Downtime can be a tricky thing to get a hold of in industry. A lot of companies fail to see the true cost associated with it. Without fully knowing how much it can be hurting the bottom line, it is hard for management to make the proper decisions around it. Downtime can be defined as the period during which equipment or a machine is not functioning. It may be due to technical failure, machine adjustment, maintenance, or non availability of inputs, such as materials, labor, or power. Average downtime is usually built into the price of goods produced, to recover its cost from the sales revenue. There are really 3 main categories that the true cost of downtime can be put into.
Equipment Cost Category (Constants)
- Categories. Standardize your data collection categories, learn from MIMOSA.
- People. Indirect labor cost can often be greater than the more apparent direct labor cost.
- Product. Made up of two sub-categories, cost per unit and units per hour.
- Start-up. Every time you startup your machine, there is hidden cost.
- Bottleneck. Using a process flow diagram, predetermine a bottleneck factor for each asset.
- Sales expectation. Our goal is always to maintain a 100 percent capacity readiness.
Labor Cost Category (Constants)
- LPP/M. Do your LPP/LPU calculations include indirect labor?
- QC. Associate QC cost, rework, etc., with actual downtime occurrence.
- Maintenance. There is a substantial staff supporting those one or two who actually do the machine repair.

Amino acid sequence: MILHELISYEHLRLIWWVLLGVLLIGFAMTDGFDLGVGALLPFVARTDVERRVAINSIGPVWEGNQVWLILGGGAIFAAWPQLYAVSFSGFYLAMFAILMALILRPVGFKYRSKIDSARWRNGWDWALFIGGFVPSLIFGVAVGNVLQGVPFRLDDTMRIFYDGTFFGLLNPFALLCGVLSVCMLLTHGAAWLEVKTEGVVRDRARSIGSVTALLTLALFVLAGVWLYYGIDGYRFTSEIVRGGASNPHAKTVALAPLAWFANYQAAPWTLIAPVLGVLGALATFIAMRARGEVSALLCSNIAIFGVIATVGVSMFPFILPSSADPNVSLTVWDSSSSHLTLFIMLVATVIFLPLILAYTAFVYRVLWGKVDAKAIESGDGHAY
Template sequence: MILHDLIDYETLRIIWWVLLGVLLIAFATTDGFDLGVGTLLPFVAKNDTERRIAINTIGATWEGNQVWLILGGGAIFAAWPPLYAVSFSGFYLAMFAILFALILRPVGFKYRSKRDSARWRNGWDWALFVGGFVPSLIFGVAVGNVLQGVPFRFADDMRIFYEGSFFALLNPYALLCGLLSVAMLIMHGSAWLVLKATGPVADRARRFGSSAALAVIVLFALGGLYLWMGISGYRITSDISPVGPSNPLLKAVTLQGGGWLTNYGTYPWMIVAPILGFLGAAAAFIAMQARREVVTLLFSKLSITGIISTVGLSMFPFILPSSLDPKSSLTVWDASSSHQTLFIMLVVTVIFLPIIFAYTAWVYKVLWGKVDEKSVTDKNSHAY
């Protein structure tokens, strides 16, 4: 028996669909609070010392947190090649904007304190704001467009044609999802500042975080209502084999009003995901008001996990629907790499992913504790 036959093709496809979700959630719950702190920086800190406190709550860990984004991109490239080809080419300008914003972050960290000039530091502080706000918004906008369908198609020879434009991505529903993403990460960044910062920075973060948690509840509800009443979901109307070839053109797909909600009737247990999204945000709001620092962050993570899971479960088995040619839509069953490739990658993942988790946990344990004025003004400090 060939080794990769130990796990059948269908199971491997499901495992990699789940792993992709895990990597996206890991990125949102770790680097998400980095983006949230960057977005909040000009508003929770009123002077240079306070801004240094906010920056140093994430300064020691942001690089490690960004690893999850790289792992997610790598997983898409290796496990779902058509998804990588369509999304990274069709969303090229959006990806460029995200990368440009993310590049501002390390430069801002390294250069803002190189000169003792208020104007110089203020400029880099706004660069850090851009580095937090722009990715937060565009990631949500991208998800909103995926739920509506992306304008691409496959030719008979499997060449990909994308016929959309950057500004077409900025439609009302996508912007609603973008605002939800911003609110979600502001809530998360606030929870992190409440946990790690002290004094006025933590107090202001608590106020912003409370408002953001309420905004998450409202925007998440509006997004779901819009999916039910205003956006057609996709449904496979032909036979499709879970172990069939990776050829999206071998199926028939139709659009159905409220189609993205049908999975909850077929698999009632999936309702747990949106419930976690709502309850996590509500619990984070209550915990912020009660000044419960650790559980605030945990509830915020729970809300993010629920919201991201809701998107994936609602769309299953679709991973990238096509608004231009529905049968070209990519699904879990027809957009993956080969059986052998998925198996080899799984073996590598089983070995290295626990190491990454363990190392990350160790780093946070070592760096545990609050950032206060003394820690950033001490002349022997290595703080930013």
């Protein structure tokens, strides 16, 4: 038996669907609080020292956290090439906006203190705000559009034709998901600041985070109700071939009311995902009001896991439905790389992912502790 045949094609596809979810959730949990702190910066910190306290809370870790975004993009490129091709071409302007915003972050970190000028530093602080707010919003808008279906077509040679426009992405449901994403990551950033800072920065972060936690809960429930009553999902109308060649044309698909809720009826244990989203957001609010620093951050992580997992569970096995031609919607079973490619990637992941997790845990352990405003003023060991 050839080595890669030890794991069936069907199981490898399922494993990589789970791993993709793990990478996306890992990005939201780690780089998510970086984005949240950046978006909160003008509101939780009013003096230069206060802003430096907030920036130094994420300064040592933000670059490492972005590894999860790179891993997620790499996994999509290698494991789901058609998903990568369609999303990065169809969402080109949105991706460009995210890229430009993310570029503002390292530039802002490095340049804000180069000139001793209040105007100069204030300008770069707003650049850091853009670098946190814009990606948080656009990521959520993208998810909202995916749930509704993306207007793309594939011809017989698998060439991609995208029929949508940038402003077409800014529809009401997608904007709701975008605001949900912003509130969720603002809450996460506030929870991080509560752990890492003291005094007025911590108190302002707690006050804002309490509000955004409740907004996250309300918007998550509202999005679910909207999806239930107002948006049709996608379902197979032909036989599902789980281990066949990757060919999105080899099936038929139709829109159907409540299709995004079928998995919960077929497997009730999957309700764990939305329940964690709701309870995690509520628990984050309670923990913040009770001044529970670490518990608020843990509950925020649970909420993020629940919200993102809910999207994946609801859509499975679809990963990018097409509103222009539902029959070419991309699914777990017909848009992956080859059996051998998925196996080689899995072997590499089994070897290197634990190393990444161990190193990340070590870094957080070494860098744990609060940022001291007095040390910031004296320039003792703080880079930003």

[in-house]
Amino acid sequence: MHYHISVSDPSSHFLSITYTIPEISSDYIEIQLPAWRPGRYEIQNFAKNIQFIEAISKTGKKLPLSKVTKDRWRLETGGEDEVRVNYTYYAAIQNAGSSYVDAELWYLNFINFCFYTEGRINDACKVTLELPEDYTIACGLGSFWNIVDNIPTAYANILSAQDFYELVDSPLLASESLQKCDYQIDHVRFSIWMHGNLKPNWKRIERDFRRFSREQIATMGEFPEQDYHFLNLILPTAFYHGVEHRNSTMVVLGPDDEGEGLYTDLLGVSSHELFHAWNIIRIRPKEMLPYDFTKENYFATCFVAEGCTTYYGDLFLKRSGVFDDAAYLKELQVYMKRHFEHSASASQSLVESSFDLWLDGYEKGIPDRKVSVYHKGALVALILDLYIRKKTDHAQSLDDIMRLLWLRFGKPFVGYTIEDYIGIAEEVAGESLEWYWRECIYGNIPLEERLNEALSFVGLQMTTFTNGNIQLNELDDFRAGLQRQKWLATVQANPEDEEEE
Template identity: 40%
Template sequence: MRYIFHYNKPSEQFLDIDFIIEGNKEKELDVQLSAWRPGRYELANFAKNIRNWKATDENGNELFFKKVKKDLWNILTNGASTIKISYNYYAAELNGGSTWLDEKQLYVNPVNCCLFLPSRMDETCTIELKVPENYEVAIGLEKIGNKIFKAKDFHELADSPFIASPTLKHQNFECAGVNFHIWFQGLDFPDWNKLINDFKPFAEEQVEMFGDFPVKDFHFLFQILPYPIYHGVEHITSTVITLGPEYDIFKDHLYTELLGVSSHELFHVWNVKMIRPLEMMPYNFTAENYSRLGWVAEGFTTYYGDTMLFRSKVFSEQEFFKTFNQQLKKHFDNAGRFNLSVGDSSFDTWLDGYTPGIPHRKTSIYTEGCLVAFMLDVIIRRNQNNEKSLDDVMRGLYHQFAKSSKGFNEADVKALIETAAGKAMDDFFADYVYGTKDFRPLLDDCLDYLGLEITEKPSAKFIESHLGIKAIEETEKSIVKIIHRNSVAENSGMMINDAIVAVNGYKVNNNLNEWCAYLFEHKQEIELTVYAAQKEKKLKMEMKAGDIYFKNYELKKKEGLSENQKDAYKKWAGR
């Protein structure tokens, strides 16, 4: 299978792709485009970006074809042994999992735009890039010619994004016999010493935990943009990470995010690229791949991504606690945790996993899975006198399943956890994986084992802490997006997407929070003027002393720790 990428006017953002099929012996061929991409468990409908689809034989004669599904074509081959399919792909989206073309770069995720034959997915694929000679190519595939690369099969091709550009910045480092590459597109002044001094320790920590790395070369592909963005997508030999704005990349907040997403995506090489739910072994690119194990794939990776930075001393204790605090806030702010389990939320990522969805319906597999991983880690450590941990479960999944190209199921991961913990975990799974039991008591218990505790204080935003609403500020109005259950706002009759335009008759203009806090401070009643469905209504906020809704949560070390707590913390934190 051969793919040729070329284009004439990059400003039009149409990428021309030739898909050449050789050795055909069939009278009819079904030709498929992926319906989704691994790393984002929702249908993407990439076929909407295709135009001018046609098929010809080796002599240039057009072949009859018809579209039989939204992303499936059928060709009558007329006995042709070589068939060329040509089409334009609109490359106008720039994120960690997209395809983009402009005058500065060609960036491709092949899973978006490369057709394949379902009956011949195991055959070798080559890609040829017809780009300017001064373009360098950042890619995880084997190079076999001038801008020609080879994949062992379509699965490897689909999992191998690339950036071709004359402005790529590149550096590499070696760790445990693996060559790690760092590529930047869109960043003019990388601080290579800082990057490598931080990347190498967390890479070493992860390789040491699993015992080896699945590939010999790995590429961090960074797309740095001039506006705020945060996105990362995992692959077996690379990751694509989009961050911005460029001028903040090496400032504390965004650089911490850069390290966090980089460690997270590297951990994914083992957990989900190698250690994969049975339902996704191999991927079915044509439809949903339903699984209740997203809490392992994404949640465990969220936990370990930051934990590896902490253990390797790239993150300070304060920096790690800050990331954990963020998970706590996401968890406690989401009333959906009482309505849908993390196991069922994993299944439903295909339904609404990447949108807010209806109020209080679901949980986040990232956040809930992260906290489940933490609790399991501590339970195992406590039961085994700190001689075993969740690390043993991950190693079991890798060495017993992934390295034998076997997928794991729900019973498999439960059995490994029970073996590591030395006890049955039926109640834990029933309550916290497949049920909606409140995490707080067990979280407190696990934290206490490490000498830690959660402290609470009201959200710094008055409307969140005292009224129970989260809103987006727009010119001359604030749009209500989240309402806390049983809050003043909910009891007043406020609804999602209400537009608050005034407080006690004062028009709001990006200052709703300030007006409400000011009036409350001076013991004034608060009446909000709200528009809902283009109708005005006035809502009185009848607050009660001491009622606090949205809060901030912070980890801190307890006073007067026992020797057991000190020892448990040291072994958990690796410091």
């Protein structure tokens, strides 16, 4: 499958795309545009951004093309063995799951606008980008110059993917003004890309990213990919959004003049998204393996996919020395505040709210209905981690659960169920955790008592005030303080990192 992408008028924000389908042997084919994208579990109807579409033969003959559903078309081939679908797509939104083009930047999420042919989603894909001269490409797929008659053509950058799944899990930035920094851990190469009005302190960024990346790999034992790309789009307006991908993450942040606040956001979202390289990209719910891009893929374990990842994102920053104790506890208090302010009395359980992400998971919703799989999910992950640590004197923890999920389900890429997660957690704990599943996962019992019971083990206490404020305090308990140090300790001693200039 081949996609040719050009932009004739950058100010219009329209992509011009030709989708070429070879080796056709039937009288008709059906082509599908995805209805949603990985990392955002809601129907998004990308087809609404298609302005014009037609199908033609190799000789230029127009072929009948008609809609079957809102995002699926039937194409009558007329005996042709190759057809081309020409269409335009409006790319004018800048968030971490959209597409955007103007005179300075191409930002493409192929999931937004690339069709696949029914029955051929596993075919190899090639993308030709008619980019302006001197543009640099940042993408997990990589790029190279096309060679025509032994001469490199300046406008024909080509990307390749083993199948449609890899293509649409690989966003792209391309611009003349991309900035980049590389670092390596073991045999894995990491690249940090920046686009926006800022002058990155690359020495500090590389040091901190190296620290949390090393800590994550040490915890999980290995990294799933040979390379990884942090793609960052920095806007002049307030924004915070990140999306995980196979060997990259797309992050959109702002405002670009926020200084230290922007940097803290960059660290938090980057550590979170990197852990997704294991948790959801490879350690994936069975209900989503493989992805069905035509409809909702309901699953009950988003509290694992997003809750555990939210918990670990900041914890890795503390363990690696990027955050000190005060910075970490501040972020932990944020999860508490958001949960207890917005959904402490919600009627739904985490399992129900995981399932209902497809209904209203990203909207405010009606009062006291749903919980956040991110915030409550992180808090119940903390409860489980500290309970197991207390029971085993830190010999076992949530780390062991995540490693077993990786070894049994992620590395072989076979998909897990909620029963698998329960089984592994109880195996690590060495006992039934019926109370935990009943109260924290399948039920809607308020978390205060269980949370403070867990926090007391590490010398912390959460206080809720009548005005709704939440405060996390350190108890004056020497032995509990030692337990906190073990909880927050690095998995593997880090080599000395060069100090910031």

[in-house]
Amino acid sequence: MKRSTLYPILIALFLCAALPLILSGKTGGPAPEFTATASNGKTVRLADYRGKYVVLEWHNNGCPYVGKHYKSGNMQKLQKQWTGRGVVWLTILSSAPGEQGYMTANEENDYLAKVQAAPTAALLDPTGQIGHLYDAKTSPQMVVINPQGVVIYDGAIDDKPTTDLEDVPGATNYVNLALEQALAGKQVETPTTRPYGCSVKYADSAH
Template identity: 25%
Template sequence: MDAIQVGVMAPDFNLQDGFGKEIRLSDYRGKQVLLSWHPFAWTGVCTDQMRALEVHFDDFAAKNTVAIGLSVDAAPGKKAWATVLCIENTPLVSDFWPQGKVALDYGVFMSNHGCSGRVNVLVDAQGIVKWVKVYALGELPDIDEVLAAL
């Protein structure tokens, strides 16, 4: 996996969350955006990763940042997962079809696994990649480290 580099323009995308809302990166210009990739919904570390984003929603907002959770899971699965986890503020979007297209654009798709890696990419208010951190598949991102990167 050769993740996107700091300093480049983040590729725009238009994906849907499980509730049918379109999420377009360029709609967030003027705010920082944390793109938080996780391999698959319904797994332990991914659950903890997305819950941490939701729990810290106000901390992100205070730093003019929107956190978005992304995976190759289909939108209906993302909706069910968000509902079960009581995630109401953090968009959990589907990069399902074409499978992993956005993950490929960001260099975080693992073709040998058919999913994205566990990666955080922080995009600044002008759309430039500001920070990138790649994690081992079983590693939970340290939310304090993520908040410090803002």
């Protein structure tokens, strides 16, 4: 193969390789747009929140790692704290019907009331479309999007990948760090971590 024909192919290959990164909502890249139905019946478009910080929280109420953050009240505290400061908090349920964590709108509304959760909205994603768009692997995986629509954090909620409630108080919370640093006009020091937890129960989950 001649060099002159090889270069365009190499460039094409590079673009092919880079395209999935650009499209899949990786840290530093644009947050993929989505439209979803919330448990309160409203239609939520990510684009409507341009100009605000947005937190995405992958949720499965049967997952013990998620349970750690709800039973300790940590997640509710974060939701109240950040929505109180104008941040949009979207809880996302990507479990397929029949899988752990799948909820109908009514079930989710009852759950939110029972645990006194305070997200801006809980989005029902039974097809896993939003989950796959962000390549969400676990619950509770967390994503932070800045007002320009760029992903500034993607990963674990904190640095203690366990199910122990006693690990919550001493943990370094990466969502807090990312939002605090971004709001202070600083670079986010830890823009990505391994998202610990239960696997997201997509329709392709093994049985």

- Engineering. Engineering costs to support troubleshooting and repair of machines can slip through the cracks.
- Management. Requesting maintenance, redirecting operators, reporting to upper level management, altering production schedules/flow, administrative tasks, etc.
Downtime Cost Category (Occurrence)
- Time. Are you tracking when maintenance arrives at the scene, or when the machine actually went down?
- Reduced Production. Time and percentage of full capacity equipment is running a reduced rate due to a malfunction.
- Scrap. On continuous flow systems, scrap related directly with downtime can be a very significant cost.
- Band-Aid. Please take note that Band-Aid time estimates, and amount of times needed to be done are usually underestimated.
- OEM, consulting, contractor. Your interactions with OEMs can be a major cost factor in downtime as well as other areas.
- Tooling. Often classified as a nuisance problem if allowed to continue, can really add up in cost.
- Parts/Shipping. Out of the parts and procurement fields, the actual parts cost is the only value commonly tracked. What about shipping, locating, rentals?
Once you truly understand all of the aspects that go into downtime, you will then be able to see the true cost of downtime. The next step is finding a system that will work for your particular organization to capture this information and decide what to do with it. There are many places to go to find guides on calculating OEE (overall equipment effectiveness). It can be most simply stated as Availability X Performance X Quality = OEE.
Availability - Measures the percent of time the equipment can be used (usually total hours of 24-7-365 for equipment utilization, or scheduled production time to result in a reliability only measurement), then divide by the equipment uptime (actual production).
Performance - The percentage of available time that the equipment is producing product at its theoretical speed for individual products. It measures speed losses (e.g., inefficient batching, machines jams). If you cannot obtain equipment specifications from OEM, use best recorded rate of PPH/quality.
Quality - Determining the percent of the total output (i.e., all products including production, engineering, rework, and scrap) that is good.
Perhaps one more thing to consider is that you could be using the machines themselves that have PLCs and HMI to do all of the OEE calculations for you, and get as technical as you would like the information to be.